Stanford has scored at least 37 points in every game this season, and no team has been able to effectively slow Stanford's ground game or its passing attack. QB Andrew Luck is the centerpiece of the offense, ranking third nationally in pass efficiency, although he had just a so-so outing against Washington State in his previous game. His best receivers are his three tight ends: Levine Toilolo, Zach Ertz and Coby Fleener. They are often in the game simultaneously, giving Stanford the option to run power football or pass effectively with the same personnel. All three have more than enough speed to get deep. RB Stepfan Taylor is the top rusher, and despite its passing weapons, Stanford's offensive identity is as a power-running team.
Stanford's defense has outstanding numbers against the run, ranking second nationally in run defense, yielding 59.5 rushing yards a game and just 2.08 yards an attempt. The loss of LB Shayne Skov has not hurt the Stanford defense yet, but Washington may be the first team that might be able to expose that weakness over the middle. LB Chase Thomas gets the bulk of the publicity, because he has 7.5 tackles for losses and 5.5 sacks, but the biggest reason for the Cardinal's defensive success is the work of the front three -- Ben Gardner, Matt Masifilo and Terrence Stephens. The Cardinal started the game against Washington State with just two defensive linemen, four linebackers and five defensive backs.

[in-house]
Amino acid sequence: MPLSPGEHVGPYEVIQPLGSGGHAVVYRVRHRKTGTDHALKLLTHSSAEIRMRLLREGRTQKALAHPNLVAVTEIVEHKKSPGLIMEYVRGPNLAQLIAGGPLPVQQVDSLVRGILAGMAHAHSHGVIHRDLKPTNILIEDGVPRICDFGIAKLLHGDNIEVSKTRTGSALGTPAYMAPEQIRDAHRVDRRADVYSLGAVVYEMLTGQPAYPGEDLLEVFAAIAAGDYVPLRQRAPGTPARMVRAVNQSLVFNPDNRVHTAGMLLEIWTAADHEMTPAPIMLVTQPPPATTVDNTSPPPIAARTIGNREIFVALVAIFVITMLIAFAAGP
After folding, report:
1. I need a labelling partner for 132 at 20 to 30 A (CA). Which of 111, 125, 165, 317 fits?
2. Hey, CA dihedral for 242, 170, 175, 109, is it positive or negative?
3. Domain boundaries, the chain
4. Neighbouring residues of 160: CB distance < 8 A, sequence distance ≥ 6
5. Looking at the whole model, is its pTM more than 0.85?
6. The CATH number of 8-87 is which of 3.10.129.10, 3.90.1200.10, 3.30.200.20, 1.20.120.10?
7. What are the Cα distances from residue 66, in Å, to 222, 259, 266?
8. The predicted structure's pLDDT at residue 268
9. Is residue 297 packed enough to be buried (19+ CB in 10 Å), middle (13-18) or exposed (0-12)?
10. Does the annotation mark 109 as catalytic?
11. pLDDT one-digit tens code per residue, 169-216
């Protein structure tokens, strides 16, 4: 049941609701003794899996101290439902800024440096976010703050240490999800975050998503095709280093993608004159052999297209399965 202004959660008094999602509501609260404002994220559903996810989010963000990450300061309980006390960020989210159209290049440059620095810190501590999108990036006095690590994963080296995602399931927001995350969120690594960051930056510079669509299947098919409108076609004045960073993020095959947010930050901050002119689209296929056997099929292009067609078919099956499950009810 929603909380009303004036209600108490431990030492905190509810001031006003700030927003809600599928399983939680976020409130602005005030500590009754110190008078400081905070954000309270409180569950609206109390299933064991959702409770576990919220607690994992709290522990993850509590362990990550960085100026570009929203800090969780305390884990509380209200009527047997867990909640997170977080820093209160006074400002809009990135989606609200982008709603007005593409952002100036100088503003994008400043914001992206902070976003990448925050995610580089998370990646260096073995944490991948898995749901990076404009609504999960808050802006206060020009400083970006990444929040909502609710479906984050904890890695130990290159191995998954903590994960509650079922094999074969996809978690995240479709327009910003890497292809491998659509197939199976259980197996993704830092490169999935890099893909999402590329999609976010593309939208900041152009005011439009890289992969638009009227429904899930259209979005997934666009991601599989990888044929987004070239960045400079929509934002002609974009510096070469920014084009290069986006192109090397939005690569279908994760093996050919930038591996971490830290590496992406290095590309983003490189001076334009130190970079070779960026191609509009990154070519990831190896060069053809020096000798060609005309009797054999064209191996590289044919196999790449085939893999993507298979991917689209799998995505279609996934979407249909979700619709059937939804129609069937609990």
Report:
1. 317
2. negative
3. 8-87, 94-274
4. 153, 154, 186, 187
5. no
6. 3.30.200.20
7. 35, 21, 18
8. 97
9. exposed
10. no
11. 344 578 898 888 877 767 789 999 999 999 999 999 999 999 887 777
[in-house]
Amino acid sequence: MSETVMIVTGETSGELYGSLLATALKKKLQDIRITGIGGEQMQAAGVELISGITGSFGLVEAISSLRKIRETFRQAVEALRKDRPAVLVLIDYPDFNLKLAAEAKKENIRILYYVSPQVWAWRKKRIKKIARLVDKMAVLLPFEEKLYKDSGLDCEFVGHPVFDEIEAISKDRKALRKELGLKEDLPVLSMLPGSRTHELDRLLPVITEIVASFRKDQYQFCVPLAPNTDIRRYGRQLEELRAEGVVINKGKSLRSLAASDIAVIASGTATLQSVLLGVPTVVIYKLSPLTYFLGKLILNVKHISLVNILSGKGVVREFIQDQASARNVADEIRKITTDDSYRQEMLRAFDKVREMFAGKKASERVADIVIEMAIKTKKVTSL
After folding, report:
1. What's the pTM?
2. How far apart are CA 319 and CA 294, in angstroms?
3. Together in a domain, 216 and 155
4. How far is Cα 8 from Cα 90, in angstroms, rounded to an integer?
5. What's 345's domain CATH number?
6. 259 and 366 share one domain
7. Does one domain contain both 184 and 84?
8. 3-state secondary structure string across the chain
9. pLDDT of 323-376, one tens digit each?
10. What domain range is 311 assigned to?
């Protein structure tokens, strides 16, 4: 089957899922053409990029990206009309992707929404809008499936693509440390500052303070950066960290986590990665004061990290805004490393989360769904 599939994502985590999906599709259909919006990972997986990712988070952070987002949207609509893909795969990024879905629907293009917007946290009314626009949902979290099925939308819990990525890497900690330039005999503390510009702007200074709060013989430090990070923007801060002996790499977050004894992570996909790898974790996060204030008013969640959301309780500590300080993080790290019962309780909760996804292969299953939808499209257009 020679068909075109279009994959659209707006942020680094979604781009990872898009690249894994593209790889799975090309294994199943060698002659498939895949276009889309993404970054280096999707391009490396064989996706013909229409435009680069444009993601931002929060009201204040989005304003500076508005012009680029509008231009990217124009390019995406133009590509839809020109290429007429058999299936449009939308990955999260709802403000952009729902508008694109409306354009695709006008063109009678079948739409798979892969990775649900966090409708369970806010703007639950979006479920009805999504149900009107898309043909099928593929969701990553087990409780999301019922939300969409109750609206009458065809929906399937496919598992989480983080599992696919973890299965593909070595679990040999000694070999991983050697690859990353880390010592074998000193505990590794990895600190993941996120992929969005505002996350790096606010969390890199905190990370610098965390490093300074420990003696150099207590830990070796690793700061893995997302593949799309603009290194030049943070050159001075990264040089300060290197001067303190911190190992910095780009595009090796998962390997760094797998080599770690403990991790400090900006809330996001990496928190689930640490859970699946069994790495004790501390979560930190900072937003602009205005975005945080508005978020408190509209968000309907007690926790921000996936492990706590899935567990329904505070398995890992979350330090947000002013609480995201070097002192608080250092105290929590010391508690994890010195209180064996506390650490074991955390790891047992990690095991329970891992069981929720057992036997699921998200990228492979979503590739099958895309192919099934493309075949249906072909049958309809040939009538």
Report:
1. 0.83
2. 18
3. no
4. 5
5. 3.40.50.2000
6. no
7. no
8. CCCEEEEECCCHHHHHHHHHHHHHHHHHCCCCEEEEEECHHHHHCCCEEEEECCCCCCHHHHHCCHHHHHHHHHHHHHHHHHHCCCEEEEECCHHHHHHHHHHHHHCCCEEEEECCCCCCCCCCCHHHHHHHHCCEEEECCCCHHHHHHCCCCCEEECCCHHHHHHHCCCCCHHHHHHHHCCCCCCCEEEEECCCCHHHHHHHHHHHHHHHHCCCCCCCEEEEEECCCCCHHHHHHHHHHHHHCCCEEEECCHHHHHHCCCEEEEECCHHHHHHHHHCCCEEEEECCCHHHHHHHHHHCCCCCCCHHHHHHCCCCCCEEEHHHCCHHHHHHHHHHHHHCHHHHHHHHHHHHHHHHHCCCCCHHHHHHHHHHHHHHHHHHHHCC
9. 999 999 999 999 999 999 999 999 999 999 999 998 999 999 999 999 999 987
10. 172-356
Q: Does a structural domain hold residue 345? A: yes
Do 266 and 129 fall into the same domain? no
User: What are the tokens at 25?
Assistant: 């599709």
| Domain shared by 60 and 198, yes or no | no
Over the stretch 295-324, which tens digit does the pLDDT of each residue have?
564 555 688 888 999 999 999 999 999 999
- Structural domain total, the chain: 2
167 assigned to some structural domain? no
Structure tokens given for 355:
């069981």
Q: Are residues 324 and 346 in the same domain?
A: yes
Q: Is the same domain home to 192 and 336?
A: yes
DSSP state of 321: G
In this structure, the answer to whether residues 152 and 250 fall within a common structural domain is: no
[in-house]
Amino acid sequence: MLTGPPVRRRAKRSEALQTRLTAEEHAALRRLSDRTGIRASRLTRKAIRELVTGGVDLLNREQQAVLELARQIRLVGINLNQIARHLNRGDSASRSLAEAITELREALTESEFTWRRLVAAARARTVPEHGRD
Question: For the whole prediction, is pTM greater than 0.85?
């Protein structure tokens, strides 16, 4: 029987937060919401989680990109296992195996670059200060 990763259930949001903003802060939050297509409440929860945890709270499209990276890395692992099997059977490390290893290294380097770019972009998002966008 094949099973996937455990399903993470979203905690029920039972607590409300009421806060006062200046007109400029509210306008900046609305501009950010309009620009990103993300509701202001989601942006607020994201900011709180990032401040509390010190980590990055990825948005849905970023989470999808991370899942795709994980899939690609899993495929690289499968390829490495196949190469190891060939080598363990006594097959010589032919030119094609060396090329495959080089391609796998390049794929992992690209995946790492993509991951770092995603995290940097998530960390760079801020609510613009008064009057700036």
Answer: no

Huskies: Washington is 5-1 overall for the first time since 2001 and 3-0 in conference play for the first time since 1997. ... Washington's eight-game winning streak from 1959-1966 and the 10-game losing skid from 1967-76 were Washington's longest streaks in the series with Stanford. ... Washington's pass defense remains ranked 116th in the nation, allowing 303.7 yards per game. UW has gotten steadier play of late from sophomore CB Greg Ducre, who has taken over for senior Quinton Richardson. But Ducre and fellow cornerback Desmond Trufant will need to come up big this week ... Washington has outscored its opponents 77-41 in the first quarter this year. ... UW's 52 points against Colorado were its most since a 53-3 win over Idaho in 2001. ... QB Keith Price is now second in the nation in touchdown passes with 21, one behind Baylor's Robert Griffin III, who has 22. The 21 TD passes are already tied as the fourth-best ever in school history.